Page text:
Before getting into some details, it is important to understand where this reflection is coming from. It is coming from my personal career history, where I started and how my journey is going, and how things have changed during my journey.

    When I started this career in 1993, right after graduating with my first degree in Sports Science, I was mostly a coach with an interest in the scientific applications of strength and conditioning. I was fortunate enough to have met Professor Bruno Cacchi who was the Head Coach of Italian Athletics which setup the first laboratory to study strength training in Italy in the then ISEF of Rome. What I learnt in the 4-5 years I was in that lab was to develop an inquisitive approach to training. Prof Cacchi was the most famous Italian track and field coach at the time and I remember him telling me that he organised the lab so he could learn more about what he was doing as he had many questions about the activities he did with his athletes on track. So he wanted to measure as much as he could and simulate sessions he was doing to separate the wheat form the chaff. Equipment was very limited at the time, computers were running MsDos and Windows 3.1. Very few laptops were available and the state of the art for our testing activities was the biorobot (the early version of Muscle Lab) and photocells mounted everywhere (with very basic software). My coaching was mostly on the track and on handball courts and I was starting to provide strength and conditioning support to various sports. What Prof Cacchi always told me was: "if we want to understand what we do as coaches we have to have a training programme, we have to know what the athlete completes and we have to assess how they progress". This lesson still drives me today but somewhat it seems lost.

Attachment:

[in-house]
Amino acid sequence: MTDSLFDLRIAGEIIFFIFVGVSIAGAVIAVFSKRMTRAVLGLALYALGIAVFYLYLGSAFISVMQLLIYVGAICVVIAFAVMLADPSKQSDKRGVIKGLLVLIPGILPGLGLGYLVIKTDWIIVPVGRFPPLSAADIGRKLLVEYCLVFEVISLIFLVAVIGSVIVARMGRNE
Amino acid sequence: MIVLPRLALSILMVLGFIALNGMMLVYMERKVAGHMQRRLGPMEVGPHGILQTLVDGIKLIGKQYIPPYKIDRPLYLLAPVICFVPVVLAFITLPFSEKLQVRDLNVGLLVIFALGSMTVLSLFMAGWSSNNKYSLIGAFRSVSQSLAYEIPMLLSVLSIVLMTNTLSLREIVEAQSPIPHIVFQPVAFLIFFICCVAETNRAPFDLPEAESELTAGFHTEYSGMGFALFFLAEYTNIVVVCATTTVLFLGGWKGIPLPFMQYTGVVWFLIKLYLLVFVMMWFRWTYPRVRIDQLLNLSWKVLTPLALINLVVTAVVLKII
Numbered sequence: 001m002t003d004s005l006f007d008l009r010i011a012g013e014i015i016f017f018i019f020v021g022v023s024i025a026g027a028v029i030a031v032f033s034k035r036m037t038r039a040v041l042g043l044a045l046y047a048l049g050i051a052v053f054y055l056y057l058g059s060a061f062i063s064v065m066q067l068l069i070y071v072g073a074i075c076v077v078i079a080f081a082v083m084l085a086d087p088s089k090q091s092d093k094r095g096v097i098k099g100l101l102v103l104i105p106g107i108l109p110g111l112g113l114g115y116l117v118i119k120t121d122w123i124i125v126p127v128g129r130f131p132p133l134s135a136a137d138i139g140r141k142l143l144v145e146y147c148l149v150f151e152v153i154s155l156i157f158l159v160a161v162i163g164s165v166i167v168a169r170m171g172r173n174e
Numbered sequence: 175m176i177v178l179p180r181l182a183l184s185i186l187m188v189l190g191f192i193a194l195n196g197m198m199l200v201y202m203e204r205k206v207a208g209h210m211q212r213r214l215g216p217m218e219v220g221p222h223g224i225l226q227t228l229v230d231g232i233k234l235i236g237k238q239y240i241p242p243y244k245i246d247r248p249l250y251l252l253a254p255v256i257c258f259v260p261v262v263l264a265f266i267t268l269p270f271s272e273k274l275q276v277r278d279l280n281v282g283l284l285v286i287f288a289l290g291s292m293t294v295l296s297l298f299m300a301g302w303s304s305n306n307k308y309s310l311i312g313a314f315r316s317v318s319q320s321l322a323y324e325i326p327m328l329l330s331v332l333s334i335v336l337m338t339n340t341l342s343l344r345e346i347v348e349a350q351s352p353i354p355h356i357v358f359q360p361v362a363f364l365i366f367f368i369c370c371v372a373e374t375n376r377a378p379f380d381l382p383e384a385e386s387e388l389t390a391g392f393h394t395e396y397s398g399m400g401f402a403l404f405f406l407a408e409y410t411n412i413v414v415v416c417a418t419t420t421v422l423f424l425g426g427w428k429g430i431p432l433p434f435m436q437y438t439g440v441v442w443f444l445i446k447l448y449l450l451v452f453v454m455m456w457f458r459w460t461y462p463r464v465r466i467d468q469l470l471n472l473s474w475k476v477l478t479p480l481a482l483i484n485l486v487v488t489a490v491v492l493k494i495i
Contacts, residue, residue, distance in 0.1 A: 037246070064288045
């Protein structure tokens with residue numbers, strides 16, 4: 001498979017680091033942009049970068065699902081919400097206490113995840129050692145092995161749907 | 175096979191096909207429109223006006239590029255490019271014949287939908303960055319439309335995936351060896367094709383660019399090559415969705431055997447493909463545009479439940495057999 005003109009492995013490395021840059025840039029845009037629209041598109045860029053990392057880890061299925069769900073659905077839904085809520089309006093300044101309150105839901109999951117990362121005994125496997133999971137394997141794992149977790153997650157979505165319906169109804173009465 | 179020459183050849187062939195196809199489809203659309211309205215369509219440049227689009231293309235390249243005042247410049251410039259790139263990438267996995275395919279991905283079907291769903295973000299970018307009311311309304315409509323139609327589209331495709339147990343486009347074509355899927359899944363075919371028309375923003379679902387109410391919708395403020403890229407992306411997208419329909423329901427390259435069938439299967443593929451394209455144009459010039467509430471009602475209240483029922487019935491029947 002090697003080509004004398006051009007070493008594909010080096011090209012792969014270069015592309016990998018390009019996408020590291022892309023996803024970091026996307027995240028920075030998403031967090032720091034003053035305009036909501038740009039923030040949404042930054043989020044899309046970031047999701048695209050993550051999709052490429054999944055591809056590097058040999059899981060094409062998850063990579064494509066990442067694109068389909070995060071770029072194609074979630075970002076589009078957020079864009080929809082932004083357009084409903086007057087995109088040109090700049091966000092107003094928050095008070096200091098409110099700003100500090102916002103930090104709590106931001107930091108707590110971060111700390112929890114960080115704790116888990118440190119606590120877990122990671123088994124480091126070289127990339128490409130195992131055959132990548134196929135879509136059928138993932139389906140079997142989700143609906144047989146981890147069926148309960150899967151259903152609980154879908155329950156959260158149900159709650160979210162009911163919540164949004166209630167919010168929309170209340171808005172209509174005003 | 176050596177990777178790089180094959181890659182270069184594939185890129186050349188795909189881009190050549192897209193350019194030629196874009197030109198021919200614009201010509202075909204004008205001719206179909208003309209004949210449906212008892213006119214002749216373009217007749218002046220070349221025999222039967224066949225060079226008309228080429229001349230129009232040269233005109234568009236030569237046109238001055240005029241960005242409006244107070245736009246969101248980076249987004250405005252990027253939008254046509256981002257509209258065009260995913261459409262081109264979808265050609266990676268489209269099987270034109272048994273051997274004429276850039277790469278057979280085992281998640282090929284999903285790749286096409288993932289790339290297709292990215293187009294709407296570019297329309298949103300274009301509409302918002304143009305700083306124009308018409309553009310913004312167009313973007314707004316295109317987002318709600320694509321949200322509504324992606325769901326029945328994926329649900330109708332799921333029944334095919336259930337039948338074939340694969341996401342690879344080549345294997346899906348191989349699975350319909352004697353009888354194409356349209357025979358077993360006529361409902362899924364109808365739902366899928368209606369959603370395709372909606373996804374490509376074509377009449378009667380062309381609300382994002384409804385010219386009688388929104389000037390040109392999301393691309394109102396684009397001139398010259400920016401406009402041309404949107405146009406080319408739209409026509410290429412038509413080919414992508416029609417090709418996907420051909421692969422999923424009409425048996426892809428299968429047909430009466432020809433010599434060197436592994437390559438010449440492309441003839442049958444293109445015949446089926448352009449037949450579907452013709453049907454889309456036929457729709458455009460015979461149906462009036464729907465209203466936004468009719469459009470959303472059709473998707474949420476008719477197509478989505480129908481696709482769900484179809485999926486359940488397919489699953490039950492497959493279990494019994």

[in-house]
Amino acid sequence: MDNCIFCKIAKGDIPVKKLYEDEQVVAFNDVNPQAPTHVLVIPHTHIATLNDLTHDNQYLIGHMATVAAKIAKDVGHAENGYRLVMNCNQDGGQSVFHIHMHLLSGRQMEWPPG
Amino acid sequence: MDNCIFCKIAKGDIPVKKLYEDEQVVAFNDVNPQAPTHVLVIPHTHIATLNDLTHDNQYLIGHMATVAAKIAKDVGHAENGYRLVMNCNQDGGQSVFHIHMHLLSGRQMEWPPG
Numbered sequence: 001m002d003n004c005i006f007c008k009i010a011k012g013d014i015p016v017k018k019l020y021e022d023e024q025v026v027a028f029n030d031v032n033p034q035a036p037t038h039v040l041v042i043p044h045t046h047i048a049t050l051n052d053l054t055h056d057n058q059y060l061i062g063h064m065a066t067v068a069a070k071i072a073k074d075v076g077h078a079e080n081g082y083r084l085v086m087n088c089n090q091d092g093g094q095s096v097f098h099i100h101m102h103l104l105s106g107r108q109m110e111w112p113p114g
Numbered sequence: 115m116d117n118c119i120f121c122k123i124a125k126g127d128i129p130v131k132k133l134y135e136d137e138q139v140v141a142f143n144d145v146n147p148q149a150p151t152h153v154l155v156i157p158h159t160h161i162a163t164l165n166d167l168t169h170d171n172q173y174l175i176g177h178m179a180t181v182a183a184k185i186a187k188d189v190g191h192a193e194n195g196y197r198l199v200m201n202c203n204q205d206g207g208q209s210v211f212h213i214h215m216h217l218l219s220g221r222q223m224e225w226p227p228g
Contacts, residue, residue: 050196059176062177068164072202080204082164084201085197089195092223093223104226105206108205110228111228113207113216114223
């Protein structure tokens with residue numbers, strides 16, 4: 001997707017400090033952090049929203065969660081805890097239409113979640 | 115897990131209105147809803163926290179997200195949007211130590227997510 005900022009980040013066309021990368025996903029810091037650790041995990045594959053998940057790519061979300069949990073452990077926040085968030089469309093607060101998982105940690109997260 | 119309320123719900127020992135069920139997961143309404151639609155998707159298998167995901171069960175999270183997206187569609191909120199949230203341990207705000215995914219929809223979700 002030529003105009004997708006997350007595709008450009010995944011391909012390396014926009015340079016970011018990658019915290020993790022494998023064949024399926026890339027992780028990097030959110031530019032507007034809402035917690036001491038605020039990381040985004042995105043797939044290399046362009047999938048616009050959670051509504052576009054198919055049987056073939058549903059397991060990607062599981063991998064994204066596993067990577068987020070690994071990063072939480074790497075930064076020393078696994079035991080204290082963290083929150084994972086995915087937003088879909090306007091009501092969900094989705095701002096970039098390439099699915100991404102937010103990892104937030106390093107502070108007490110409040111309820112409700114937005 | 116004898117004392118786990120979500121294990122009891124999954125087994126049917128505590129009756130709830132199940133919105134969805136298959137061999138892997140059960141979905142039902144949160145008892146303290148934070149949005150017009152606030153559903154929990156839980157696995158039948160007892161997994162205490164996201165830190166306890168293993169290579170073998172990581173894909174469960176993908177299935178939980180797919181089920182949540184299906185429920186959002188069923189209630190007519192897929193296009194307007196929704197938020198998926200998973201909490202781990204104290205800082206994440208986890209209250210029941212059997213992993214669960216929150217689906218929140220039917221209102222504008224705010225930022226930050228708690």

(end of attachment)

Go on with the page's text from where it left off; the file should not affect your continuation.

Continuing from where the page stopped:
This was taken in 1998 in Sportilia in a training camp with the Italian Handball NT

    Despite the enormous advancements of sports science and the subsequent professionalisation of sports science specialists, things do not seem to get much better. I still see enormous improvisation in the coaching community, with far too many people not having a programme and a structured approach to assessing what works and what does not work. There is still a lot of improvisation in too many places. Coaches turn up and do something, completely unstructured, with not much clarity and knowledge over the implications of their sessions and unclear ideas about progressions. In many cases, I see coaches picking "sessions" in random order and with limited control over loading. This is why I believe we see many injuries still. Injuries are too many times the result of inappropriate loading patterns which is a consequence of poor planning and/or inappropriate training choices.